DR: Where did it first come from?

AN: I was very young.

DR: Not all poets have an ear to write with such rhythm.

AN: You tend to imitate the first poets who influence you. And you sound like them. Sometimes you sound like them forever and ever. Some poets will always sound like the first poet they were turned on by. But I have a very restless ear. From the beginning, I was turned on by about a hundred poets or more. I’ve never been able to choose one sound over another one consistently, because I’m in love with so many different sounds.

DR: Who were some of these first poets?

AN: Well, I started writing after I heard Bob Creeley read. I don’t have that [first] poem anymore, but I probably tried to sound like him. But I had no conception of what that might be. I was never able to imitate him until a couple years ago actually, I just couldn’t do it, I didn’t know what to do. [Laughing.] He was from New England and I was from Needles, California, and it didn’t work!

So that didn’t work and that was when I started to realize that I was a poet instead of a fiction writer — I had gone to Iowa to be a fiction writer. I was reading a lot of poets who I don’t like much anymore, like James Wright and Sylvia Plath. They were the poets then. Somewhere behind that, I had read a lot of Faulkner. I’ve had a tremendous amount of Faulkner in my work from day one until now. I had forgotten about it, but I decided to teach some Faulkner for a workshop in Paris a few years ago. So I went to the library and took a book out and opened it up and then I heard everything I was. [Laughs.] And I closed the book and I didn’t know if I had the nerve to teach it or not, because I’d incorporated so much of it into my practice.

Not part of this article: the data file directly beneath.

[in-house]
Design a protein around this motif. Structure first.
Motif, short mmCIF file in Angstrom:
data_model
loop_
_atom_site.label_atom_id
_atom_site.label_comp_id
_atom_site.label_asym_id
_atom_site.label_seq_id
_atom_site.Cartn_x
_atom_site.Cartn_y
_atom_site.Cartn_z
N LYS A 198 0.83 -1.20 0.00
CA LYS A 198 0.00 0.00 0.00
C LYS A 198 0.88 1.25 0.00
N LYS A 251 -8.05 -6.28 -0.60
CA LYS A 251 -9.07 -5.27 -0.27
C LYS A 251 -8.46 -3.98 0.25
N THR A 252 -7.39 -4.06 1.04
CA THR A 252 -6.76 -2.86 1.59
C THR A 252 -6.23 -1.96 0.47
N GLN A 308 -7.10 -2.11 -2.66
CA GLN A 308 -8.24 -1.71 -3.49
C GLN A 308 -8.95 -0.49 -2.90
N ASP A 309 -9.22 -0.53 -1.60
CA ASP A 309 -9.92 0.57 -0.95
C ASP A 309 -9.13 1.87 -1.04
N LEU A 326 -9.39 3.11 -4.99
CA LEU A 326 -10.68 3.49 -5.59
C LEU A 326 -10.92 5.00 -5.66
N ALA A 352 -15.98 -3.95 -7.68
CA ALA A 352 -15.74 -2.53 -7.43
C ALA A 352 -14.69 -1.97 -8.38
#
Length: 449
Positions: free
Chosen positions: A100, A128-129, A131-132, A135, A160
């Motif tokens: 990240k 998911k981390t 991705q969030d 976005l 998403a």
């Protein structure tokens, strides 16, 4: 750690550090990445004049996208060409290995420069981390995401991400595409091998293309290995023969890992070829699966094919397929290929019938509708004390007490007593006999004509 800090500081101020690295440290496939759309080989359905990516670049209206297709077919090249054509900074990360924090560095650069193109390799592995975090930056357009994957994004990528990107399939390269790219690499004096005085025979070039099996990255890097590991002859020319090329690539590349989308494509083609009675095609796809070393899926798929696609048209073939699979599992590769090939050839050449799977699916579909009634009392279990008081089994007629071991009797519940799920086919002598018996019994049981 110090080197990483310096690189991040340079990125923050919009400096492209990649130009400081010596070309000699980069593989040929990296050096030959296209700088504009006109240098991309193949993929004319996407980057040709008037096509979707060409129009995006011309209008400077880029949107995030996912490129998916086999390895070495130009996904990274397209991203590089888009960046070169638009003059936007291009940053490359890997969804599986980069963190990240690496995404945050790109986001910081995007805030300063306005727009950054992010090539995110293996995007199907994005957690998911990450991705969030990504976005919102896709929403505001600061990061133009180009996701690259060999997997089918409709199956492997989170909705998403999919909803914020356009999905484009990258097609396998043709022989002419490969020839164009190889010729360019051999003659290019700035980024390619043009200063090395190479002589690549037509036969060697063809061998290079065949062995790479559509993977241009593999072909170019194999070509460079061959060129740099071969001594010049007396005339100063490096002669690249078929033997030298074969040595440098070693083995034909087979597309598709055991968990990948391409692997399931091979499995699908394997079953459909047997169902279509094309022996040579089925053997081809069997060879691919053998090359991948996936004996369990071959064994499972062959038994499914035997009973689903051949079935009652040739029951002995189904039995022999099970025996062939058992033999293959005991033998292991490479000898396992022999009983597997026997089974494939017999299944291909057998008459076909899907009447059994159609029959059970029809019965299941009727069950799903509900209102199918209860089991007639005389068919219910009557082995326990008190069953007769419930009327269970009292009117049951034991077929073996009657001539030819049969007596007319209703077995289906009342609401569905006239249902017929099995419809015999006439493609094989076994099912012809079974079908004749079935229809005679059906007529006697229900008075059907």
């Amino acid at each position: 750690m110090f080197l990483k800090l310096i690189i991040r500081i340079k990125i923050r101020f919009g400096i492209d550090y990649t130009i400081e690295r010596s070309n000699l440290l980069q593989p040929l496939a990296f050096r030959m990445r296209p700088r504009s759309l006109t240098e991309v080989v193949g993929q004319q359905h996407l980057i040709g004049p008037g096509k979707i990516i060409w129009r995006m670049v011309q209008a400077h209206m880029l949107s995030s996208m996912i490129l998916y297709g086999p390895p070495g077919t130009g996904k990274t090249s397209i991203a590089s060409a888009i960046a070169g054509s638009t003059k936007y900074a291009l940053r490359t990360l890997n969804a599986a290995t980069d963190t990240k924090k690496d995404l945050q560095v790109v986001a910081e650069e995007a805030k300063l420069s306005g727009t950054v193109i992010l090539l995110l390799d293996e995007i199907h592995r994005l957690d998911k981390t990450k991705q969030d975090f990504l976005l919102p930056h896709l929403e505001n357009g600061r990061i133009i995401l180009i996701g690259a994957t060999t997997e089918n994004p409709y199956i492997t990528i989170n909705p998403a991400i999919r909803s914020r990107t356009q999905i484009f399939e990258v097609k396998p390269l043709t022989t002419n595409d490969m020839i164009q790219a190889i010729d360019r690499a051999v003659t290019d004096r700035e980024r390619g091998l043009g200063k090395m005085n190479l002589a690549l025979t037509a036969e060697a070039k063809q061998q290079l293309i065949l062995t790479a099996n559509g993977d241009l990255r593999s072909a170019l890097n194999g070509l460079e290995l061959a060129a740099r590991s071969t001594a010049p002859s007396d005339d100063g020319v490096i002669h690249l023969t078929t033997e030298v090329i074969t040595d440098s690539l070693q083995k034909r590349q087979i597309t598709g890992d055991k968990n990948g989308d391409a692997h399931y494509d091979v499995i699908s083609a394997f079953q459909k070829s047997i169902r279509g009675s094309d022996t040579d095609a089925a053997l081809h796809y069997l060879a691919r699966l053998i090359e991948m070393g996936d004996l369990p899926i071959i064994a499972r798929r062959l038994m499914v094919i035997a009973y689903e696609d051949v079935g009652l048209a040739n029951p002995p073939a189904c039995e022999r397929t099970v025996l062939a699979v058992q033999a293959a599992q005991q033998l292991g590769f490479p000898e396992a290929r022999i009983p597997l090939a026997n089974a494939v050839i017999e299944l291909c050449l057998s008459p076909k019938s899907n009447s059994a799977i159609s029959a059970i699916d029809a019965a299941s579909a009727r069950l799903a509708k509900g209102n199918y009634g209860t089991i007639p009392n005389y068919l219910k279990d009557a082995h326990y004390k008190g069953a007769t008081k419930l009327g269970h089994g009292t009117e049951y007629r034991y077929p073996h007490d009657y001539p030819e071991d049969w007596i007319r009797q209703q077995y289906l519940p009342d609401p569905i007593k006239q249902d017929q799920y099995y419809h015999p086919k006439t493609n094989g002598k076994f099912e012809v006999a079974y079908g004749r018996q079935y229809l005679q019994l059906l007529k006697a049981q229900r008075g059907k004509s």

And the younger you are… you’re much more impressionable when you’re young and you make these aesthetic choices without even realizing it. I was influenced by Ted, but I could never sound like him. Again, he was from New England. He just had a different way of approaching language.